The Dollar and Deflation

Elliott waves in FX might be anticipating deflation.

Demand for U.S. dollars has surged over the past couple of weeks as the economic and financial sanctions on Russia cause all sorts of ramifications. Essentially, taking out an active chunk of the day-to-day global capital markets reduces financial transactions and makes the availability of U.S. dollars a little scarcer. For example, according to estimates by Credit Suisse, Russia holds about $300 billion in short-term money market instruments, $200 billion in FX swaps and another $100 billion through public and private deposits. Freezing this means that it cannot be used to grease the wheels of the money markets as it usually would. The cost of funding transactions in U.S. dollars has risen.

However, demand for U.S. dollars also rises when sentiment is becoming more cautious and negative. Most of the planet’s debt is denominated in, or linked to, U.S. dollars. When people get nervous, they want to ensure that they have dollars to either service that debt or pay it back. In the coming debt deflation, expect demand for U.S. dollars to go through the roof.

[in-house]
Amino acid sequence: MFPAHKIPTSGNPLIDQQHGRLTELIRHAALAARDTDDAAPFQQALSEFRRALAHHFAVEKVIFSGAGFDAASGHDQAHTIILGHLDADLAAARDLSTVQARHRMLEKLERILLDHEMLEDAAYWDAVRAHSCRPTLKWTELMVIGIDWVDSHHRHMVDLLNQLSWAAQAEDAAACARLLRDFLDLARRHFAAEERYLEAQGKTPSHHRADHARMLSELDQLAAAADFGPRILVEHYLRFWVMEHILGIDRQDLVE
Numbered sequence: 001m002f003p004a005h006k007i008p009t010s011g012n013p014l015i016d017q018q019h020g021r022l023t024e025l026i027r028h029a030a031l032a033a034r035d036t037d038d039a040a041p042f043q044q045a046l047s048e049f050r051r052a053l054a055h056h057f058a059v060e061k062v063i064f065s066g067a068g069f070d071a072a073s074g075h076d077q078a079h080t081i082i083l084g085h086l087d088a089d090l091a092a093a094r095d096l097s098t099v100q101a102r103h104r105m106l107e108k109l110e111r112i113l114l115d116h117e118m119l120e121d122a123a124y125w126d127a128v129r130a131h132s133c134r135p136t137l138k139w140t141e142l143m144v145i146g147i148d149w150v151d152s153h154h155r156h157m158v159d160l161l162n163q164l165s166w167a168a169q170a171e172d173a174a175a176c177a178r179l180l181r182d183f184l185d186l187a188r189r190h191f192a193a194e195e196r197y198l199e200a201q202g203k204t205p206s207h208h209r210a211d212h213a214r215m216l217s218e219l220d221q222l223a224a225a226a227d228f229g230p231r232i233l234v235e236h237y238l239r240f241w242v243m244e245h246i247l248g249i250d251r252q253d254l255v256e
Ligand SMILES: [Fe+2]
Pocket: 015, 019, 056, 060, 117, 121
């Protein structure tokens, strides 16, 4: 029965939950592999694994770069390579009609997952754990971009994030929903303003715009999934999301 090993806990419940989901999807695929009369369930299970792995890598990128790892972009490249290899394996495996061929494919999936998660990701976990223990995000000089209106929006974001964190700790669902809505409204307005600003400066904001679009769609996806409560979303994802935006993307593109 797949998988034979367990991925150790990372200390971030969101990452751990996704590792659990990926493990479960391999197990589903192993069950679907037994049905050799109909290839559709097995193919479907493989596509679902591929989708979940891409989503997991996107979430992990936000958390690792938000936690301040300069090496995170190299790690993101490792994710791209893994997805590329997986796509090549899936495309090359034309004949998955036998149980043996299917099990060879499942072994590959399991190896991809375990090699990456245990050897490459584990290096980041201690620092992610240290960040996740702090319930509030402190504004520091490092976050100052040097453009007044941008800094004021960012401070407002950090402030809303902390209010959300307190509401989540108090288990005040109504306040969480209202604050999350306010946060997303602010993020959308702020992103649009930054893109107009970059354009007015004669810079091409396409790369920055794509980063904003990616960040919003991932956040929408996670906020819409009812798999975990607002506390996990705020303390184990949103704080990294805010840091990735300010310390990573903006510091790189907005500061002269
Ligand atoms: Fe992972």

Ah, but then there’s the Fed.

Since the Great Financial Crisis of 2008, whenever demand for U.S. dollars has surged, the Federal Reserve has utilized so-called “swap lines” with other central banks around the world in order to ensure that there is an ample supply of U.S. dollars to meet everyone’s needs. This has tended to coincide with a period of U.S. dollar strength in the foreign exchange (FX) market, which then subsequently turned into weakness.

The current Elliott wave structure in the chart of EUR-USD suggests that the current period of U.S. dollar strength could be close to ending. Could this coincide with the Fed re-opening and perhaps extending its swap lines in order to ease the demand for U.S. dollar funding? Perhaps.

If so, we can anticipate that sentiment will become more negative in the short-term to trigger the Fed to act. Dollar weakness will not come about because the Fed extended swap lines. Rather, the socionomic way to think about it is that dollar strength (often associated with a deflation lurch) will cause the Fed to act.